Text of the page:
In A New York Minute

“Impacting others” is the kind of phrase heard often from conference speakers and leadership training books. But the people who have impacted my life the most have gotten close and personal. They have served me in my neediest moments.

When I was a newlywed, Michael and I invited Aunt Ann and Uncle Leon over for dinner to our tiny Dallas apartment. Afterwards, the kitchen was a disaster, but I was reluctant to accept help from a guest. Aunt Ann rolled up her sleeves and said with brisk confidence, “We’ll have these dishes cleaned up in a New York minute.” She wasn’t asking; she was doing. The two of us cleared counters, stacked dishes in the dishwasher, and washed pots and pans by hand. I’ve never seen a kitchen transformed so fast.

When my children were small, their physical needs felt overwhelming. After nursing my son in the middle of the night, he still fussed and cried. My mother-in-law Warrene appeared and said, “I’ll take him. You go back to bed.” A year later, while we dined at an elegant New Orleans buffet on Christmas day, she volunteered to change what might have been the world’s worst-ever poop diaper. (I think she was gone almost half an hour!)

Warrene’s impact has also been in her attitude toward people in daily life. Years ago during a busy time she paid a woman regularly to clean her house. Warrene and Hope became friends and Warrene shared her faith in Christ with Hope. Hope and her husband became believers and began attending church with Warrene and Bernard, my father-in-law. Hope’s faith became her lifeline when only a year or two later, she awoke one morning to find her husband dead. Over the years, Warrene and Hope have remained friends. I think of Hope sometimes when I talk to the grocery checker or mail carrier or my building contractor. Even the people who God places in my life to serve me may be people God wants me to serve.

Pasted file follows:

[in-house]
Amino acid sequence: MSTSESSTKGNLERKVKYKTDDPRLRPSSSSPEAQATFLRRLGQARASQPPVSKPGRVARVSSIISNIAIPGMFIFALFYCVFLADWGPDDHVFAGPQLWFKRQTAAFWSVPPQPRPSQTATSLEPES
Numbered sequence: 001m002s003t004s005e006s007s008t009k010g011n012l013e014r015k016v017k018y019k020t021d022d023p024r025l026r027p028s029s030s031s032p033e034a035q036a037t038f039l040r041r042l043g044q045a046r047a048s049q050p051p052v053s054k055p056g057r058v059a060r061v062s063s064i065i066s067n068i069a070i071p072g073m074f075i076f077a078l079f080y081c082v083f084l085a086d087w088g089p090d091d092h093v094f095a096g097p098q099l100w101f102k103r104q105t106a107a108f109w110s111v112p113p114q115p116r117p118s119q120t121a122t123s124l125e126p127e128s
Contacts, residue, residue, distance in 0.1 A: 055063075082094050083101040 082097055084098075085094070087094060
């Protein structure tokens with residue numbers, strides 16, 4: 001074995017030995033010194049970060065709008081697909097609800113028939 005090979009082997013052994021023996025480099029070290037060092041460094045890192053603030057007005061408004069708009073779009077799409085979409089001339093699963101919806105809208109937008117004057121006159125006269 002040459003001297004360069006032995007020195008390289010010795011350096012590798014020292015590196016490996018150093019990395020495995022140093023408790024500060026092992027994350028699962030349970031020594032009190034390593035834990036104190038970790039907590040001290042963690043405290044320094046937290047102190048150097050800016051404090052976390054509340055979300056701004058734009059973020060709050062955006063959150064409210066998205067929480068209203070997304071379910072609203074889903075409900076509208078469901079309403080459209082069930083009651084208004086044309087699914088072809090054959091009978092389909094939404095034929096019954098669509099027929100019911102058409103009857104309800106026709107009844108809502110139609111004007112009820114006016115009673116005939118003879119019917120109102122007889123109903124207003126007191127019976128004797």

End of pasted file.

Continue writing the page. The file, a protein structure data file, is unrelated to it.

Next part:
Sunday school teachers have patiently taught my children. Friends have brought me meals when I was sick. Ben and Tara, a former associate pastor and his wife, sat in my living room with me when I learned my young niece and nephew died in a car accident. I don’t recall their saying much. But they were there.

When I think about the possibility that I can impact others by loving and serving them, I think of everyday things: Will I greet someone I know with enthusiasm at the store when I know I’m having a bad hair or fashion day? How can I make someone else’s ministry event a success? Wedding or party a smashing hit? Essay or paper read more smoothly or clearly?

“For even the Son of Man did not come to be served, but to serve, and to give his life as a ransom for many” (Luke 19:10, NIV).

Now that’s impacting others.

~Nancy Holliday

Sacred Story is honored to have Nancy Holliday as a guest contributor. Nancy lives with her family in Idaho, where she enjoys walking, biking, cross-country skiing, and reading.

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